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Unformatted text preview: Not desiring the company of Waymarsh, Strether "rambled alone" in and about Paris. He had given Waymarsh the opportunity to confess that he was somehow involved with "Mrs. Newsome's summons," but Waymarsh declined to say anything. Chad is out of town, and Strether, with time on his hands, visits Chartres, Fontainebleau, and Rouen. One afternoon, "finding himself in the neighborhood" and worried about the effect Sarah Pocock's coming would have on his life, he decides to call on Madame de Vionnet. She, however, is not in Paris, and this fact "produced for poor Strether a drop of all confidence." This gloomy posture does not stay with Strether; indeed, he begins to anticipate the coming of Sarah with lighter feelings. The day the Pococks are to arrive in Paris from Havre, Chad and Strether go to the railroad station to meet them. Strether has told Chad his suspicions that Waymarsh precipitated the coming of the meet them....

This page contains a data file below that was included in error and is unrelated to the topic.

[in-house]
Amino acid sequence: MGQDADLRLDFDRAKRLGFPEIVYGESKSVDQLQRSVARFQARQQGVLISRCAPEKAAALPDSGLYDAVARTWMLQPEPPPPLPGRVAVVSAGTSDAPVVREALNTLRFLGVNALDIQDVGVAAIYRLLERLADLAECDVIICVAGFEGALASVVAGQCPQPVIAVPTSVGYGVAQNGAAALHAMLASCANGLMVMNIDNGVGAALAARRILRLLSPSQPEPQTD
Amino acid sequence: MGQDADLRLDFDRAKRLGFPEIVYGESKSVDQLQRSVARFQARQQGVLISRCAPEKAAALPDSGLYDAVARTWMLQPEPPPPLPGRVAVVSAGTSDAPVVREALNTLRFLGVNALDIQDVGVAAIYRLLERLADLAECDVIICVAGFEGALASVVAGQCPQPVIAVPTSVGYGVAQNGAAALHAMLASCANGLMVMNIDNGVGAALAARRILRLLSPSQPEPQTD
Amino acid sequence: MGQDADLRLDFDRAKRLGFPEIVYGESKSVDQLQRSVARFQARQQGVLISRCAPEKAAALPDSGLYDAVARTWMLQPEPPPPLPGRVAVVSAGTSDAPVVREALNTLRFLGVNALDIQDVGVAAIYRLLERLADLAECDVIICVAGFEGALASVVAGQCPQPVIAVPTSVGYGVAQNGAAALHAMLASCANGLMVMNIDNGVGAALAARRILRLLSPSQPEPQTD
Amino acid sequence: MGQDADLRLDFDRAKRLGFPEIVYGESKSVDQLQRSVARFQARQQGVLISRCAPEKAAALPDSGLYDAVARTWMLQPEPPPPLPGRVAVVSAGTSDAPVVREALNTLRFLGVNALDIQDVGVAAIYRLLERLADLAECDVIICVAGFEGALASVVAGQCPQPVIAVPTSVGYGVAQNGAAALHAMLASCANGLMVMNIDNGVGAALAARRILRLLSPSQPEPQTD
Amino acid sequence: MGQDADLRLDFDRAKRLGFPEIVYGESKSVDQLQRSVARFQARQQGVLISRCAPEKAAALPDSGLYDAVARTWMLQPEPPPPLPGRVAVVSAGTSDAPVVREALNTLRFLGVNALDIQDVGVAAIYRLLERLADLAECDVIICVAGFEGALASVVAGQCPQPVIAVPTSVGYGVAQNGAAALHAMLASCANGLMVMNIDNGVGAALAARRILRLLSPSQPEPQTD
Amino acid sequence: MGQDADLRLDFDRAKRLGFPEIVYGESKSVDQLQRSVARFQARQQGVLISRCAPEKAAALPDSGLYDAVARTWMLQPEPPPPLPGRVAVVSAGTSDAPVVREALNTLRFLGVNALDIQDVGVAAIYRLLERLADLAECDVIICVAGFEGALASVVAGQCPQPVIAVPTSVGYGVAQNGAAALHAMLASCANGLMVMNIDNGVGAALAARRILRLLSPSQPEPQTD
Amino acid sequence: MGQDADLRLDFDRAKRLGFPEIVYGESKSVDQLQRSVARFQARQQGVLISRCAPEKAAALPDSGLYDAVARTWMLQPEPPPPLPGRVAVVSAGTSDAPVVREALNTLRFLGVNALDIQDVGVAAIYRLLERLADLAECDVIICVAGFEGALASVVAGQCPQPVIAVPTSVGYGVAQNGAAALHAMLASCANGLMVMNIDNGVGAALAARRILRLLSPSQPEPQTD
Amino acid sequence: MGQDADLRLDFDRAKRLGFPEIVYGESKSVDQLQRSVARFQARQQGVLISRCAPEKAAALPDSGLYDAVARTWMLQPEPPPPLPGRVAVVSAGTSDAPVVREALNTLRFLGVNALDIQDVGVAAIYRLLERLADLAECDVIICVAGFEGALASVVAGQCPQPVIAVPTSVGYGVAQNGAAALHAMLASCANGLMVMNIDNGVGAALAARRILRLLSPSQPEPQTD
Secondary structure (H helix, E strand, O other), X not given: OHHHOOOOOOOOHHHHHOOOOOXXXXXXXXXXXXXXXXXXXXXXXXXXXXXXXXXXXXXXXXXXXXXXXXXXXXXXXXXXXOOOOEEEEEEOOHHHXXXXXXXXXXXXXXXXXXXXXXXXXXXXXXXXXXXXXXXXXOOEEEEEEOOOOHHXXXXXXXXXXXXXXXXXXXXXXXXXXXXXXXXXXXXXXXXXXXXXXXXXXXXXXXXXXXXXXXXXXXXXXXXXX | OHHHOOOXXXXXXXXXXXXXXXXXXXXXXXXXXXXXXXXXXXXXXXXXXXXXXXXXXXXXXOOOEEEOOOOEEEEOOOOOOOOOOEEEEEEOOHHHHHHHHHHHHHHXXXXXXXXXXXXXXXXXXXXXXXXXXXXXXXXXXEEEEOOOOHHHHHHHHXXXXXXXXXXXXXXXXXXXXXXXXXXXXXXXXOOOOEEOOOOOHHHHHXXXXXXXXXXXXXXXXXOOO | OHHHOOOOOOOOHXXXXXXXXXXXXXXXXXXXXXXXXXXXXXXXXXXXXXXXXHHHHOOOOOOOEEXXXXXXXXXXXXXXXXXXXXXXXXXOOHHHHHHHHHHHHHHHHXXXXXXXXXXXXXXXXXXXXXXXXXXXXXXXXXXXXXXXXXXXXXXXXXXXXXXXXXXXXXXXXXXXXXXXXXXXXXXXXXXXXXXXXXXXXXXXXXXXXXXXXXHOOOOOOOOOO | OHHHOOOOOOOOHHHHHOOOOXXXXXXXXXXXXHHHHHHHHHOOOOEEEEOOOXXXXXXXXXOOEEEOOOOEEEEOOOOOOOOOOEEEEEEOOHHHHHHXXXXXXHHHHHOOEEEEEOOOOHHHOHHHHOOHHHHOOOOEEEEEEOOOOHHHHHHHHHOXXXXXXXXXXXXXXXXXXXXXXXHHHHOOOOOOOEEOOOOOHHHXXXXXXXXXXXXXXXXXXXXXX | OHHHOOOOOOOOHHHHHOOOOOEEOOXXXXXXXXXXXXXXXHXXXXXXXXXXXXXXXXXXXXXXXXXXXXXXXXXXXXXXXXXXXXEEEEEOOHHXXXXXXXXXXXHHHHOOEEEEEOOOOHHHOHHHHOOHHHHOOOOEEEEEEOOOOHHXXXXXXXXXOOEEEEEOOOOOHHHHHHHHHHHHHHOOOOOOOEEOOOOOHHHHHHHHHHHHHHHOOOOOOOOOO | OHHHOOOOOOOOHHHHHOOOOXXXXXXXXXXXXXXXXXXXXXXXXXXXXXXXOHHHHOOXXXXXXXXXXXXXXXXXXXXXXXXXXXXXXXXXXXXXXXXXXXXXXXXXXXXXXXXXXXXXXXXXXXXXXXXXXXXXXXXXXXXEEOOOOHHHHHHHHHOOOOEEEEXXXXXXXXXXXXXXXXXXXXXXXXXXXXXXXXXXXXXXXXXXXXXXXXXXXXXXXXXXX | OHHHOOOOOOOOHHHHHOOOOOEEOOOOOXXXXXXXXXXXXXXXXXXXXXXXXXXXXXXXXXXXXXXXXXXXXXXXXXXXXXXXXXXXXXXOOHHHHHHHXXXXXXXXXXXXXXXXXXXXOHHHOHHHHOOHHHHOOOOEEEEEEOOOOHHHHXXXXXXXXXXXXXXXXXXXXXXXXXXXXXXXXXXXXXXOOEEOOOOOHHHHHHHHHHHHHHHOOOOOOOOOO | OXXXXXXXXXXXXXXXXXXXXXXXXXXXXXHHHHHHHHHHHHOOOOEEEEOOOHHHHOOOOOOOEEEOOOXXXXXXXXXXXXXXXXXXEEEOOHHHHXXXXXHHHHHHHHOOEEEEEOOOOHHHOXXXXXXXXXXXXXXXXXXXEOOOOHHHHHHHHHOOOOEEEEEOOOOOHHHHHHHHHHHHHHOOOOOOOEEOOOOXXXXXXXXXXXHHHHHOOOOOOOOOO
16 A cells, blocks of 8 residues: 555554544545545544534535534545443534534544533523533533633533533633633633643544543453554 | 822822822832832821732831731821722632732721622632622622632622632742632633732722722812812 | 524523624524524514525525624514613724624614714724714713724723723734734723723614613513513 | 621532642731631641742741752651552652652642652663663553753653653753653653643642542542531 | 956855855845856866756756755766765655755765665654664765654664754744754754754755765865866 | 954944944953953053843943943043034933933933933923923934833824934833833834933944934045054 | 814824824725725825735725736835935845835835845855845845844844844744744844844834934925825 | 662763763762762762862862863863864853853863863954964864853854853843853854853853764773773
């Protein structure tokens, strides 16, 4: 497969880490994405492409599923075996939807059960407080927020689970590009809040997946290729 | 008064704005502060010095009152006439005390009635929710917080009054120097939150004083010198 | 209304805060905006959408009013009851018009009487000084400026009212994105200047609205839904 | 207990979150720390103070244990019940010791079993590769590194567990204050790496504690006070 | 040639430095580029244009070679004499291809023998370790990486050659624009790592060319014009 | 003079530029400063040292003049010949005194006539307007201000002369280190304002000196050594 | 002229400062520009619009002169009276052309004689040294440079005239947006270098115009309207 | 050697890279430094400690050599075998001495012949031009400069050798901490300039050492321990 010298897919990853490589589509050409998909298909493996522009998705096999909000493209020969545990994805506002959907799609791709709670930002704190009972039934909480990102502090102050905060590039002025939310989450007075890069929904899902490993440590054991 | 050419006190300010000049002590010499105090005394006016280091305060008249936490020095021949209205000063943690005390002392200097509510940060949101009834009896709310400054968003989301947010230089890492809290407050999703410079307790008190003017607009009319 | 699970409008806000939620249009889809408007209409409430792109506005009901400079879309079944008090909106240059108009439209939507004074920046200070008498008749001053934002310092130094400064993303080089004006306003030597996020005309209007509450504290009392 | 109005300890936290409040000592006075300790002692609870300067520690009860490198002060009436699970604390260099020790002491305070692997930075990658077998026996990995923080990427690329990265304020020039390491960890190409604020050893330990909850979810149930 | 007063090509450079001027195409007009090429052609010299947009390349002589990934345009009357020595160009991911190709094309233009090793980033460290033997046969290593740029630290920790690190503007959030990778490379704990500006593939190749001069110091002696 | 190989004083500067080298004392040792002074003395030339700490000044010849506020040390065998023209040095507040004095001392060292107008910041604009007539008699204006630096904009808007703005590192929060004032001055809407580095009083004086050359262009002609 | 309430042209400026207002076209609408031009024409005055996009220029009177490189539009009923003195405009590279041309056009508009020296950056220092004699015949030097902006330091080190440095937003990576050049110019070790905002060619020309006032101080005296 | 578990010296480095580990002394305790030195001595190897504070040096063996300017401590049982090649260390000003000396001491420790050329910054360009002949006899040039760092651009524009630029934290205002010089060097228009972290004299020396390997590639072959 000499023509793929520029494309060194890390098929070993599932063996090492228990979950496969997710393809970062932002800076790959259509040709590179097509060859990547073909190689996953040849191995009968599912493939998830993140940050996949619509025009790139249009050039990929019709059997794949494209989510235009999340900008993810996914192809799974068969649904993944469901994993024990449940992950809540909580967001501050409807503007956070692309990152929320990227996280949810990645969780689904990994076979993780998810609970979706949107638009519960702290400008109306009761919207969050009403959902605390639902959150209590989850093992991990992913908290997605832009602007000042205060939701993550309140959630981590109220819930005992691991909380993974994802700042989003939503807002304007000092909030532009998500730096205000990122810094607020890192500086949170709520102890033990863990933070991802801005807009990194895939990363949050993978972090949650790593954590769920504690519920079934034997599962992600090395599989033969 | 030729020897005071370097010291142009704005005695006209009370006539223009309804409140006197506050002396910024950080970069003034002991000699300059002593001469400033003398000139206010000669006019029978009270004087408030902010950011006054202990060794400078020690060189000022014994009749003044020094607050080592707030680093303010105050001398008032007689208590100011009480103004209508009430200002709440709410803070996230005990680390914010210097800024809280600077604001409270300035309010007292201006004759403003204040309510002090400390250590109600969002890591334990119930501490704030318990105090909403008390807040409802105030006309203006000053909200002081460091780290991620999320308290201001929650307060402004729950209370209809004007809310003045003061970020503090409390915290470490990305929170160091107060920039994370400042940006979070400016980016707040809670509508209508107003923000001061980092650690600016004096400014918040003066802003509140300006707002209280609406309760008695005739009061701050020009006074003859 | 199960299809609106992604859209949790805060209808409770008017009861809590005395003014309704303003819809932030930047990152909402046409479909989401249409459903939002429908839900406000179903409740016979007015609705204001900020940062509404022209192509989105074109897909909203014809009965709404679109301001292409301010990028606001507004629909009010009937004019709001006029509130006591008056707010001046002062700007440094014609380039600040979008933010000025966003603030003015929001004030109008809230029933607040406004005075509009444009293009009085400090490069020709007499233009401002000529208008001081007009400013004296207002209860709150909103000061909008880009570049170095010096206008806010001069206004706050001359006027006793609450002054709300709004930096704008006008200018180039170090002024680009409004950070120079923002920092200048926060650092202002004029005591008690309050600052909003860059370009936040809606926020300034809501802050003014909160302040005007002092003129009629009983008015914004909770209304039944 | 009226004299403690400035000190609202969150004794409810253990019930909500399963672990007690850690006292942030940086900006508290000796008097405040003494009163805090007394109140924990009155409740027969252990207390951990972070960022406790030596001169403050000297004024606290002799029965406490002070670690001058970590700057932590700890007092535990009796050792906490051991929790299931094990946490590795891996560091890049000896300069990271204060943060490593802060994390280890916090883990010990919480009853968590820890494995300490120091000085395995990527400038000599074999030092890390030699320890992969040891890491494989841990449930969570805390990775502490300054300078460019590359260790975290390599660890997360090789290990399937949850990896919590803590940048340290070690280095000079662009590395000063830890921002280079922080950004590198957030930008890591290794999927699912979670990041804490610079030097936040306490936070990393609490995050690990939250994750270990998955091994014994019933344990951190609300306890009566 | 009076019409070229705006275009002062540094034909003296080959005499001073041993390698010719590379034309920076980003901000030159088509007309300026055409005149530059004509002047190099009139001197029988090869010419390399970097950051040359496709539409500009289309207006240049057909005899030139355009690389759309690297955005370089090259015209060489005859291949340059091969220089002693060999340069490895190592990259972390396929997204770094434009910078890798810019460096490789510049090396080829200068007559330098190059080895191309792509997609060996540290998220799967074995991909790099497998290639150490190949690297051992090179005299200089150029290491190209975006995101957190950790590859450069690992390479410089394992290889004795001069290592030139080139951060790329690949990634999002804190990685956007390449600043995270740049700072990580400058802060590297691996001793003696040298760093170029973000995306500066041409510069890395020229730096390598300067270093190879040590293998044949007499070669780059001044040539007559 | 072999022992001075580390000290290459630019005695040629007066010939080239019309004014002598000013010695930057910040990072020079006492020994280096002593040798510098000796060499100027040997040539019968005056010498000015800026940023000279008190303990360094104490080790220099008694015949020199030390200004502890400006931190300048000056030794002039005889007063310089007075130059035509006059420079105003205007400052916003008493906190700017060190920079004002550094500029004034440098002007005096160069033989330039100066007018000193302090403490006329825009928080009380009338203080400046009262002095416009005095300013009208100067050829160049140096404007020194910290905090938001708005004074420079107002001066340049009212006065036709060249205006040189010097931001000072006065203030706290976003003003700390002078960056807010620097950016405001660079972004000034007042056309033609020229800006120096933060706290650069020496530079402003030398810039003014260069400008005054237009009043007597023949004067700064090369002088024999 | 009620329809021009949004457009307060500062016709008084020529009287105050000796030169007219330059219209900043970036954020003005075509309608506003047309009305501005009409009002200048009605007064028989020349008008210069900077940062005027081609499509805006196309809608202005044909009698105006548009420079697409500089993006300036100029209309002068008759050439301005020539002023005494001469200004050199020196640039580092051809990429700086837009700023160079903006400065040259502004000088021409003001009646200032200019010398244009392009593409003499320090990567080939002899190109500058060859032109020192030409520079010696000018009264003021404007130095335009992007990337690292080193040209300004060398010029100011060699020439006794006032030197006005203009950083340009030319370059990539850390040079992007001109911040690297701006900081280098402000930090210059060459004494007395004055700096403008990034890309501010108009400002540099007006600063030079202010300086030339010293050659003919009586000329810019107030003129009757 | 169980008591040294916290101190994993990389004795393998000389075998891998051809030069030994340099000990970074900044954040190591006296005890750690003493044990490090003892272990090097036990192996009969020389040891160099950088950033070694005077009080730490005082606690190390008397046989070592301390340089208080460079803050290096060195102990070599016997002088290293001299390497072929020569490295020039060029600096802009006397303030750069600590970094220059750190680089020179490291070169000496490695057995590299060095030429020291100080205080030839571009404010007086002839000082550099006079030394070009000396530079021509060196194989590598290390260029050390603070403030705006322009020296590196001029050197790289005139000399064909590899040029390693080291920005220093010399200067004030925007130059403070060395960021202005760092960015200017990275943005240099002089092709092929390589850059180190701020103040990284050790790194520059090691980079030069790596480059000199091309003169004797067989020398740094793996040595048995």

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This note was uploaded on 11/23/2011 for the course ENG 101 taught by Professor Staff during the Fall '08 term at Texas State.
- Fall '08